Pipeline drugs 2010, part 2


The following months promise the appearance on the market of a diverse group of new drug therapies. Breakthroughs will include drugs for the treatment of Alzheimer's disease and cardiovascular disease.

Key Points

As described in Part 1 (find full article in January 15, 2010 issue) Drug Topics' special pipeline 2010 coverage, the following months promise the appearance on the market of a diverse group of new drug therapies. Notable breakthroughs will include drugs for the treatment of Alzheimer's disease and cardiovascular disease, a number of new blood products, and a rise in vaccine development from various pharmaceutical companies.

Keep an eye out for new drug therapies to emerge to treat the conditions noted below.

Alzheimer's disease

Other agents undergoing phase 3 clinical trials include bapineuzumab (Wyeth), solanezumab (Lilly), dimebon (Pfizer), and LY450139 (Lilly).

In addition, agents with at least six different mechanisms of action are in the pipeline to treat Alzheimer's disease. Yet another approach, the Alzheimer's Disease Neuroimaging Initiative (ANDI), released in 2009, has the potential to redefine clinical development. Results from ANDI's longitudinal imaging trial indicate a correlation between low cerebrospinal fluid (CSF) biomarkers and the likelihood of progression from mild cognitive impairment (MCI) to Alzheimer's disease.

"The impact of the findings from this initiative is significant, indicating that physicians may have the potential to treat pre- or early-stage Alzheimer's patients with disease-modifying therapy," said Brian Kolling, PharmD, director of Pipeline and Trend Forecasting for Part D at Prescription Solutions, a subsidiary of the pharmacy benefit management company UnitedHealth Group of Minnetonka, Minnesota.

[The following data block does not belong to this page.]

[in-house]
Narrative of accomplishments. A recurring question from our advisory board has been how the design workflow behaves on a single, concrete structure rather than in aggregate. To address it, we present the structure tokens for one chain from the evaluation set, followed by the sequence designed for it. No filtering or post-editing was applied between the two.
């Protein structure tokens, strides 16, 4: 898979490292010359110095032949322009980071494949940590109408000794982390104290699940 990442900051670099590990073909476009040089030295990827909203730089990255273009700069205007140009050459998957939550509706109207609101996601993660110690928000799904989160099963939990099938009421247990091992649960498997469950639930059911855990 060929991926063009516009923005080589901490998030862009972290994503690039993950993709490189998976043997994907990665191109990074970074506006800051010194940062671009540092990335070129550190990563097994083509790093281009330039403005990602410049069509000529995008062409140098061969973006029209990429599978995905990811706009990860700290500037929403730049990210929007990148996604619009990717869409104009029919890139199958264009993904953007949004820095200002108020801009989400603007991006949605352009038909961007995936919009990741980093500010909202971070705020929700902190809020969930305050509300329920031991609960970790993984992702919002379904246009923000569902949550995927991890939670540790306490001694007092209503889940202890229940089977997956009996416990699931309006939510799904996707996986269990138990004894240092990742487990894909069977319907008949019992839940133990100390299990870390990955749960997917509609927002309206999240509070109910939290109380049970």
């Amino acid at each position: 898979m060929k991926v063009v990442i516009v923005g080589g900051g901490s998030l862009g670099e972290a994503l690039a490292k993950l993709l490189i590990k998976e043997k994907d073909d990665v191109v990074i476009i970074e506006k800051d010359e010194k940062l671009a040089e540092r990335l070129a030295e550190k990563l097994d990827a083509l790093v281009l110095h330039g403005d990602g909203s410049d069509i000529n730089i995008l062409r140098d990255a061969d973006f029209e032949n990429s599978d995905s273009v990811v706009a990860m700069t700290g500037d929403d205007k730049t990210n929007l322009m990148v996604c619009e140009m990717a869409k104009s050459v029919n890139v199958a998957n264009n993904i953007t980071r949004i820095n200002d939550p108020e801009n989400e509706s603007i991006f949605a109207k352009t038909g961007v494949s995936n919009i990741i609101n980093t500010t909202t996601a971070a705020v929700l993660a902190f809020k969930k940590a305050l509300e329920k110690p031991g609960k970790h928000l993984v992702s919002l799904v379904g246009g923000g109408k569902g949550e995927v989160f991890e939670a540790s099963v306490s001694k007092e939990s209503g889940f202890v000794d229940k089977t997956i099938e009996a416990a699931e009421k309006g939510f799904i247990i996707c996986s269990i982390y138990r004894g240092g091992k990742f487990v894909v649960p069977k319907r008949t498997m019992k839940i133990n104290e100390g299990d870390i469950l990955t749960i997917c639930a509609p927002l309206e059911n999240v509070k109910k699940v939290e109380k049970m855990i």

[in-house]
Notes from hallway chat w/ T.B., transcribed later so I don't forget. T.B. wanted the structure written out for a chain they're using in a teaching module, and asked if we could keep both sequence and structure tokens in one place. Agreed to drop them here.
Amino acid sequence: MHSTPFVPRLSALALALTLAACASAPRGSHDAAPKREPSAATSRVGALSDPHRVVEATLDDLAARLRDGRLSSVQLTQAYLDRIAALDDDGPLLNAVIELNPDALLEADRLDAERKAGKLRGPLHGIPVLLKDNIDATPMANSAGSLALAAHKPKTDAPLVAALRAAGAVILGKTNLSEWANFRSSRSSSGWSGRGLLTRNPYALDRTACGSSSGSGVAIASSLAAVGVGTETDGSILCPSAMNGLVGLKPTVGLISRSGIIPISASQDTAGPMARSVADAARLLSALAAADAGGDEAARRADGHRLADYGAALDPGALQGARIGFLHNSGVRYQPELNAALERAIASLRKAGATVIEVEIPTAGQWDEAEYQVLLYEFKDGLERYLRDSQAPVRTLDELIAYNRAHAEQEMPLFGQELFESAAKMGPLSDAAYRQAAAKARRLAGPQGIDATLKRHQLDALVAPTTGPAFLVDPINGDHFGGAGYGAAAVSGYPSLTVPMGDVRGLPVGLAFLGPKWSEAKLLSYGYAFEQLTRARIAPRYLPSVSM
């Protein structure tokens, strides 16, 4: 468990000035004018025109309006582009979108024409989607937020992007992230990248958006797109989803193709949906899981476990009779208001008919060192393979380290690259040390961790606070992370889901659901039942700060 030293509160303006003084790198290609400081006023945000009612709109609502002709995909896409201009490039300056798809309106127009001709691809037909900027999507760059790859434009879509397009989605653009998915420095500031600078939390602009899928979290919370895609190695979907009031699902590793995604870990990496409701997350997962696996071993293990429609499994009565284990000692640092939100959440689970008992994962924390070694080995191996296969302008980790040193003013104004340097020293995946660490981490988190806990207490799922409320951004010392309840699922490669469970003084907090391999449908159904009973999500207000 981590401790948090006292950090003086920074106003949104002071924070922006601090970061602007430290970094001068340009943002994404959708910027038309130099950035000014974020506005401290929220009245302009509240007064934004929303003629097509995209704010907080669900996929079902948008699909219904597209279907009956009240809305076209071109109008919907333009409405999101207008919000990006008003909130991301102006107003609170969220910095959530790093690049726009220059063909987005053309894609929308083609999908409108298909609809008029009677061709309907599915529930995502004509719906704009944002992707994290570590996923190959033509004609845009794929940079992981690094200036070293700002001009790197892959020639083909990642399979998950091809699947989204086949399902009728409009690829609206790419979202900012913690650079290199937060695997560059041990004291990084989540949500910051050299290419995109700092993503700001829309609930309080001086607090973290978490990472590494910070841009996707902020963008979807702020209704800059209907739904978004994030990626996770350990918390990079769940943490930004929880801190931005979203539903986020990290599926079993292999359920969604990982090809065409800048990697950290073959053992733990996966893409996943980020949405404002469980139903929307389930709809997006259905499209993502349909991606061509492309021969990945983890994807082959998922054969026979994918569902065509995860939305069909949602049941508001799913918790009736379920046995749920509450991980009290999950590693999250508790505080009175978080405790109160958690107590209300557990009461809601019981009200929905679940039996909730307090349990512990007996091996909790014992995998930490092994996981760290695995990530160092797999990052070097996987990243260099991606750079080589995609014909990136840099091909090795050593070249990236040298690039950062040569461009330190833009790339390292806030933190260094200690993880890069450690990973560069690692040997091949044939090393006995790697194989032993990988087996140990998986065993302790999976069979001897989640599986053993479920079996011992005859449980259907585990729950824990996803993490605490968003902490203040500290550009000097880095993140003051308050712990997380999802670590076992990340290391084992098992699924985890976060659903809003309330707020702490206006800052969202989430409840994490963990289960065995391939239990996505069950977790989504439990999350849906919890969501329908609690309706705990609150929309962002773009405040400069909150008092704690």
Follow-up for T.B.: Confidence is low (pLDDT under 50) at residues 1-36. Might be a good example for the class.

Cardiovascular diseases/blood-related products

Significant developments in this arena include two products: Rivaroxaban (Xarelto, Bayer/Johnson & Johnson) and dabigatran (Pradaxa, Boehringer Ingelheim). Healthcare providers today are seeking alternatives to warfarin that offer improved results without increased bleeding risks. These agents provide such benefits as both are once-daily oral agents and do not require coagulation monitoring.

Rivaroxaban is a potential blockbuster drug. This agent is an oral anticoagulant targeted to treat venous thromboembolism (VTE) and amyotrophic lateral sclerosis (ALS), and to prevent stroke. It is currently in phase 3 clinical trials.

"Rivaroxaban exhibited superiority to enoxaparin, an injectable, which has been the gold standard for post-op hip- and knee-replacement surgery in prophylaxis," said Kolling, a leading authority on pipeline drugs. He expects the drug to be expensive for consumers, compared to generic warfarin, for example, but "the clinical data appear to support its use in comparison to enoxaparin for that indication."

Dabigatran, which is also in phase 3, is indicated for the treatment of VTE and stroke prevention. It has also demonstrated lower bleeding rates than warfarin.

Additional products in the cardiovascular pipeline are rosuvastatin/fenofibric acid (Certriad, AstraZeneca/Abbott), darapladib (GlaxoSmithKline), ticagrelor (Brilinta/AZD6140, AstraZeneca), and SCH-530348 (Schering-Plough).

According to Kolling, no major changes are expected in the statin market through 2011. The cholesterol drug pipeline is "cloudy, given the success of statins," he said.

New antiplatelet and antithrombotic drugs could redefine treatment for several conditions; however, Kolling expects the hypertension market to slow after angiotensin receptor blocker (ARB) patents begin to expire later this year.

In a broad sense, the anticoagulant/antiplatelet category will be one to watch, according to Kolling.

"We saw prasugrel [Effient, Eli Lilly] come to market in mid-2009, and there are several drugs lined up behind it that will compete not only against clopidogrel but against enoxaparin, warfarin, and other forms of heparin."

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